Seattle Public Schools

Learn-to-Ride PE Program

Summary: While in class, students are taught how to wear a bike helmet, navigate a bike, and ride safely with classmates.

Ruling the Road with All Kids Bike 

Kindergarteners at South Shore K-8 are learning to “rule the road” during the All Kids Bike Learn-to-Ride Physical Education (P.E.) program. The SPS students are the first in the district to pilot the program, which gives them the chance to learn basic bike skills.  

While in class, students are taught how to wear a bike helmet, navigate a bike, and ride safely with classmates. Students learn on Strider Learn-to-Ride balance bikes that are assembled without pedals.  

Adults help young students put on bike helmets in a school gym

“Learning how to ride a bike but not having the threatening parts of the pedal is important,” South Shore P.E. Teacher Anna Rabel said. “Students feel comfortable being on the bikes when there’s nothing that’s going to hit their feet on either side.”  

The All Kids Bike program at South Shore is funded by Kids Need Bikes and founder Thomas Hayes. The Seattle-based non-profit partners with local organizations to get bikes to children and youth in need.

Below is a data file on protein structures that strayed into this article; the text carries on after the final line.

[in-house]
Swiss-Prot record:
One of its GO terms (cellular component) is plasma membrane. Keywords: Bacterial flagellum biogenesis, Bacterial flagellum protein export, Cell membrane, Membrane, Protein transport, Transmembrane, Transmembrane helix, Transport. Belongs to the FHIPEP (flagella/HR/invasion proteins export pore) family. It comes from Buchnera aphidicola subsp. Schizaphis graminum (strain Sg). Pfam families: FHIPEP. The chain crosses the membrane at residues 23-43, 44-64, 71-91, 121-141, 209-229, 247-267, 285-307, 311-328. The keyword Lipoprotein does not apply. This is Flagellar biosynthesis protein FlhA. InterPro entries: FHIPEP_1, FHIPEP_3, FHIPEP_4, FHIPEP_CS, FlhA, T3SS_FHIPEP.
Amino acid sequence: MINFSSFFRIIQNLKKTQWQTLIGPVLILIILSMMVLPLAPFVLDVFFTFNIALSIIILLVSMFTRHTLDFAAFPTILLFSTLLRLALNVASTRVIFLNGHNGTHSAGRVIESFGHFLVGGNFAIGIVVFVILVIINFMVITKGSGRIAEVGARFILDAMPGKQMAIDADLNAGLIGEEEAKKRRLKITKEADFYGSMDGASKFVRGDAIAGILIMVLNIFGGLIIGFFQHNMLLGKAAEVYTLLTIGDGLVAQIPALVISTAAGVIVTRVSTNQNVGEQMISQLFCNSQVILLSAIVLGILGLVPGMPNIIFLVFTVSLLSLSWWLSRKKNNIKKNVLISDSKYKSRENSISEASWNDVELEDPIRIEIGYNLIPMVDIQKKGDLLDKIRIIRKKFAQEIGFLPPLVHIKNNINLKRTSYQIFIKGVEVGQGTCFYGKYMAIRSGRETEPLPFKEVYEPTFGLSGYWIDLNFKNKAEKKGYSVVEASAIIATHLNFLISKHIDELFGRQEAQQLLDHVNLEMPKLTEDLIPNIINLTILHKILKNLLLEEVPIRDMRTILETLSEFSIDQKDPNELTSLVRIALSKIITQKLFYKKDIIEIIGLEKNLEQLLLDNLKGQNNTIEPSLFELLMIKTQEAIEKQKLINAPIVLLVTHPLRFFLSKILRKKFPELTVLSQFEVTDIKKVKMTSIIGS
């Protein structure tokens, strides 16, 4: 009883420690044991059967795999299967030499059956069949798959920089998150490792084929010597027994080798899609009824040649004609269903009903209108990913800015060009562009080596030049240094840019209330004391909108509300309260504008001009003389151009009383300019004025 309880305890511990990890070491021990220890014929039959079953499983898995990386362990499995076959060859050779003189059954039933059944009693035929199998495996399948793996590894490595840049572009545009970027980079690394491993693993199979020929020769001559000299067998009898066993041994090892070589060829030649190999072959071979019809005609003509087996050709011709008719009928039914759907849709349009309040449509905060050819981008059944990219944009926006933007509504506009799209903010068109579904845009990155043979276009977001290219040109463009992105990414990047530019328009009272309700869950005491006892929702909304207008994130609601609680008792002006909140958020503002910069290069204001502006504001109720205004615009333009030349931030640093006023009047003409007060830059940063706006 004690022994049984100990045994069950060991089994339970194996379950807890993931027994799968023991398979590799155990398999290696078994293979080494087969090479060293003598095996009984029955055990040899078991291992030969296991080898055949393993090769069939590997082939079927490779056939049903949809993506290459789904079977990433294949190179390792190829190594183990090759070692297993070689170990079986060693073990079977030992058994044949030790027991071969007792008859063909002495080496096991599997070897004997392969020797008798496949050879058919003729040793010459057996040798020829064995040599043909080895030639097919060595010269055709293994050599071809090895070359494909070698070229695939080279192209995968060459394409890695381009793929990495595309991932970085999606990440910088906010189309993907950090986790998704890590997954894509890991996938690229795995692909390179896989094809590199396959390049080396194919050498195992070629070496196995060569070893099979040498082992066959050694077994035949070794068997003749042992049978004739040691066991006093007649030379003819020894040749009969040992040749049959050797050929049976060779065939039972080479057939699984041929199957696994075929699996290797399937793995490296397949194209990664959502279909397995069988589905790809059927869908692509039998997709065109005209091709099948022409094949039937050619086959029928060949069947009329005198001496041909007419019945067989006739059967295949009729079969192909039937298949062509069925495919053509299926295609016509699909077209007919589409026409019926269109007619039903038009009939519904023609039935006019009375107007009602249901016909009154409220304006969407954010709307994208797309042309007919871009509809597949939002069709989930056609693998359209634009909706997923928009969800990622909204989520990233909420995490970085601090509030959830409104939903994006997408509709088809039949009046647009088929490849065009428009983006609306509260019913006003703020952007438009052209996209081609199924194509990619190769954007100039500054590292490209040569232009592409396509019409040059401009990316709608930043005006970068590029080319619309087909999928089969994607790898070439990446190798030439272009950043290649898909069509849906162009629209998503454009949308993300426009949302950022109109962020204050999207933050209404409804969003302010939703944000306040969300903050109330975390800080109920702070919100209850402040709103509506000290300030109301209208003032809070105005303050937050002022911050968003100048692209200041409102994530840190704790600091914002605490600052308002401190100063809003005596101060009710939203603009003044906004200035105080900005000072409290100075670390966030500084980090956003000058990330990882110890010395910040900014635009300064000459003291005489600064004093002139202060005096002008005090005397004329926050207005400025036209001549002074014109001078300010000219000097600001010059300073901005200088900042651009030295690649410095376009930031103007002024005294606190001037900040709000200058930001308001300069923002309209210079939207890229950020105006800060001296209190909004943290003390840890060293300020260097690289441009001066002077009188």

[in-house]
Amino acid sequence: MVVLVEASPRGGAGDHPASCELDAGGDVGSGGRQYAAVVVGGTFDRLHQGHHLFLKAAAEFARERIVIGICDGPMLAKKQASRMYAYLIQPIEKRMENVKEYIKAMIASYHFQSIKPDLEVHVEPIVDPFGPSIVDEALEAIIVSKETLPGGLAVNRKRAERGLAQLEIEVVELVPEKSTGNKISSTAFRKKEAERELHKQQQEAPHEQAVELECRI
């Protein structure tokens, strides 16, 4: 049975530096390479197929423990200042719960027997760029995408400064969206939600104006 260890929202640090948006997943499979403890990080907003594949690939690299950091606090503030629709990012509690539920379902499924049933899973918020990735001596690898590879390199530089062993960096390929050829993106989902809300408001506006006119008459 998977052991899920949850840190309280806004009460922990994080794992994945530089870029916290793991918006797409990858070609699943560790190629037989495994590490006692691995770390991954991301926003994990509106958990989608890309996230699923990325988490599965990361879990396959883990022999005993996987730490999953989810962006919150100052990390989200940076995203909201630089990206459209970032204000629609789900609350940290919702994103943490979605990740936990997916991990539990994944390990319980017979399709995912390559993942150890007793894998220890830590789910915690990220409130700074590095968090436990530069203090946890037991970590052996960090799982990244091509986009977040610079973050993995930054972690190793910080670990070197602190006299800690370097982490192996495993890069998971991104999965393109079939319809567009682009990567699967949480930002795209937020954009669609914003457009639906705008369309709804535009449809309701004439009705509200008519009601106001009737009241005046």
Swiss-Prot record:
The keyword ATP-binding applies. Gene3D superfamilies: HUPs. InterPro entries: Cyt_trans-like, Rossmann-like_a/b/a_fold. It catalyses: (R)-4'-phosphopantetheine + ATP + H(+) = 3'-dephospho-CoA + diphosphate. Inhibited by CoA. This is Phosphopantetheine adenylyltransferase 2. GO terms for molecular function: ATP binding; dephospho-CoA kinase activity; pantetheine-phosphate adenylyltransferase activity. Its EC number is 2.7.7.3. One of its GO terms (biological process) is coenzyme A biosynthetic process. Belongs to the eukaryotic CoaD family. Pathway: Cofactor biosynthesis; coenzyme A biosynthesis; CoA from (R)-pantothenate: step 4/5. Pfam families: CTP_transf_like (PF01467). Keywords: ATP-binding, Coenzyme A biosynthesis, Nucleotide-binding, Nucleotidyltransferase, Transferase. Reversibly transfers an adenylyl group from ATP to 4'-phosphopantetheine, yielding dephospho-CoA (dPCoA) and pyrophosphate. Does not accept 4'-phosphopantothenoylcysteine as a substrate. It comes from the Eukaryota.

“We believe that everyone should have that opportunity to experience the freedom and the fun [of riding a bike],” said Kids Need Bikes board member Sara Rigel. “Whether that’s for fitness, getting to school or work, or just fun, riding a bike is really an essential life skill and we want to give every body an opportunity to learn.” 

All Kids Bike at South Shore will support the Let’s Go Bicycle and Pedestrian Safety pedestrian program that teaches students in grades 3-5 important bike and walking safety skills.  

“We find there’s still a lot of third graders, and actually there’s a lot of middle schoolers that still don’t know how to ride a bike,” said Jen Hendrickson, SPS Instruction Services P.E. Coach. “If we can get the K-2 group to have those basic skills to stride and balance, then when it comes to that third-grade level, they’ll be able to really practice those biking skills and put it all together.”  

Currently, the All Kids Bike program is in 520 schools across the United States. Lori Dunn, SPS Program Manager of P.E. and Health Literacy is excited for the future of All Kids Bike at SPS.  

Dunn said she’s looking forward to rolling out the program at many more schools, “The hope is if it’s in one school, it’s going to be in every school.”  

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